A Lot or a Little?
What you will—and won't—find in this movie.
You don't need to have money or good taste to enjoy a good life and a loving family.
Positive Role Models
Kenny loves his family, struggles to support them in the style he'd like to see them live. He's kind, generous, accommodating to everyone. Kirby has lived for his own pleasure, ignoring his adult children's lives, and isn't as close to them as he would like. He sees the errors of his ways, tries to make up for it. Family members behave selfishly, camping out too long in their host's home, failing to pitch in.
Violence & Scariness
Violence is played for laughs. An aged double amputee is thrown into a pit of squishy cubes and sinks out of sight, triggering a fatal stroke. A brief reference is made to a wife beating her husband. A fire breaks out during a wedding, forcing the guests to evacuate. One takes a floral centerpiece with her as she leaves.
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Sex, Romance & Nudity
Sarah's drunk friend throws herself at a hapless neighbor and they fall into bed (clothed) later. Strippers (in bikinis) entertain on trampolines at a bachelor party. Sarah's friends throw her a bachelorette party featuring party favors in the shape of penises, including Dickorice, TipStick, and penis whistles. A surgeon makes a small-penis joke about an unconscious patient on the operating table. A man describes "whacking off" into a vacuum cleaner hose and Bisquik mix in his youth.
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Language includes "f--k," "s--t," "ass," and "t-ts."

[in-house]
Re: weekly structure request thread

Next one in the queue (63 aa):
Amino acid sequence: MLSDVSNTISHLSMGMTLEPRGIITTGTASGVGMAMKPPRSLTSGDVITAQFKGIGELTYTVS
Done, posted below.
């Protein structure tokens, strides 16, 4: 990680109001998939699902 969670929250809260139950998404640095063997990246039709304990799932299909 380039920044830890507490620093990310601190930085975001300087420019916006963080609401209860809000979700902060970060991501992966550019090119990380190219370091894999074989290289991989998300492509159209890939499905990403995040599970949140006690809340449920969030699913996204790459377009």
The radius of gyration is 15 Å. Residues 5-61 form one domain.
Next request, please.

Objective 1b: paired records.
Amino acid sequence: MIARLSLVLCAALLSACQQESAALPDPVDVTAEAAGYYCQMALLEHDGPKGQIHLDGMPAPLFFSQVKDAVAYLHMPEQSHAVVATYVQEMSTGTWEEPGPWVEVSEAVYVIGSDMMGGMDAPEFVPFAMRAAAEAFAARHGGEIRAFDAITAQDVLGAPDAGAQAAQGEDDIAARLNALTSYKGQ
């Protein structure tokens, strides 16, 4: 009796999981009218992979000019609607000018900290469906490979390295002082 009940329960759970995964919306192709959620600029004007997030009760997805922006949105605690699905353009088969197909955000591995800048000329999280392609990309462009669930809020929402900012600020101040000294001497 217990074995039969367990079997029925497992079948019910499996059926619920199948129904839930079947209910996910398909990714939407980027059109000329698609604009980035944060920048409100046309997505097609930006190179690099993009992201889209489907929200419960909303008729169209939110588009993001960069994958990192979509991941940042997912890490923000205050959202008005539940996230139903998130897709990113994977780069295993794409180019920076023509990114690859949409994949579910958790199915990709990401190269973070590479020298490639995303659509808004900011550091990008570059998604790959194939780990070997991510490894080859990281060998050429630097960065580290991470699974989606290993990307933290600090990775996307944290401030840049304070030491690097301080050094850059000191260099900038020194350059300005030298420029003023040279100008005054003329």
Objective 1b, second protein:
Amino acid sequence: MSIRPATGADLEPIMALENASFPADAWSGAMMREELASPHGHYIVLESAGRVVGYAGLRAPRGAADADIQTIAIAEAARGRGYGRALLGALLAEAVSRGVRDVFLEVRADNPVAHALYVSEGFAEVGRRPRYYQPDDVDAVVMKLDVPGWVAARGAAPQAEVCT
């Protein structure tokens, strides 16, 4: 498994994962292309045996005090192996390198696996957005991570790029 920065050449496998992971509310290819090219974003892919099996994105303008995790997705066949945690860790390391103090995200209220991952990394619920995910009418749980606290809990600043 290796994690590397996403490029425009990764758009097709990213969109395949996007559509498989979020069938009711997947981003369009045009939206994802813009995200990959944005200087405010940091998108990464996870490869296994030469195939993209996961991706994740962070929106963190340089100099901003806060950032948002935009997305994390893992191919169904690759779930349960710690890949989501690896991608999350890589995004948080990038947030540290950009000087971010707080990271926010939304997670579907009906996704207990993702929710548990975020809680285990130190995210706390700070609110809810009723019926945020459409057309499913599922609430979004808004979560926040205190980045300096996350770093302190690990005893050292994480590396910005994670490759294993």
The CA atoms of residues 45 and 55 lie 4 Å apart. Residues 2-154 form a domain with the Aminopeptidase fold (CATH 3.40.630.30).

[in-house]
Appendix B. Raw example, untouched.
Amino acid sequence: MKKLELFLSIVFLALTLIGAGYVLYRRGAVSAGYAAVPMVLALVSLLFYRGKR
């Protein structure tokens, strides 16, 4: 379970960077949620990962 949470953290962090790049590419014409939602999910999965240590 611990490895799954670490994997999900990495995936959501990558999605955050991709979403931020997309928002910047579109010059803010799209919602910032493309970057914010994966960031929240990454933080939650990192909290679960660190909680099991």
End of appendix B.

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Drinking, Drugs & Smoking
A teenager is just out of rehab and worried that he'll encounter triggers for his addiction. Adults drink alcohol.
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Parents Need to Know
Parents need to know that The Week Of looks at the obstacles -- financial and otherwise -- a devoted dad negotiates as he struggles to put on an affordable wedding for his adored daughter. The story, written by Adam Sandler and director Robert Smigel, focuses on the importance of love for family over wealth and success. It's all peppered with raunchy humor that includes a running joke featuring an elderly double amputee who needs help going to the bathroom, as well as strippers on trampolines and a bachelorette party with penis party favors. A youth just out of rehab struggles with triggers for his addiction. A brief reference is made to a wife beating her husband. A fire breaks out during a wedding, forcing the guests to evacuate. Adults drink alcohol, and language includes "f--k," "s--t," "ass," and "t-ts." To stay in the loop on more movies like this, you can sign up for weekly Family Movie Night emails.
Is It Any Good?
The first eight minutes of this movie are filled with overacting, bad writing, and stereotypical characters and situations, forcing one to wonder how such a thing ever got made. The answer? Co-writer and star Sandler has a four-picture deal with Netflix, and this is item number four on the countdown to contract fulfillment. Sandler reportedly so much enjoyed the experience of making movies that didn't have to generate ticket sales that he re-upped for another four with the streaming service.
Sandler delivers many of his lines in an exaggerated New York accent, at a high-pitched squawk reminiscent of Gilbert Gottfried. Many moments in The Week Of are clever rather than funny: A man looks under the door of a restroom stall, sees no legs and wants to go in, unaware it's occupied by a legless man, and Steve Buscemi nibbles from a Toblerone bar as big as a go-kart. Here's hoping Sandler, Rock, and the rest of the cast and crew had a good time while making this, because it's doubtful anyone seeing it will.
Did we miss something on diversity?
Research shows a connection between kids' healthy self-esteem and positive portrayals in media. That's why we've added a new "Diverse Representations" section to our reviews that will be rolling out on an ongoing basis. You can help us help kids by suggesting a diversity update.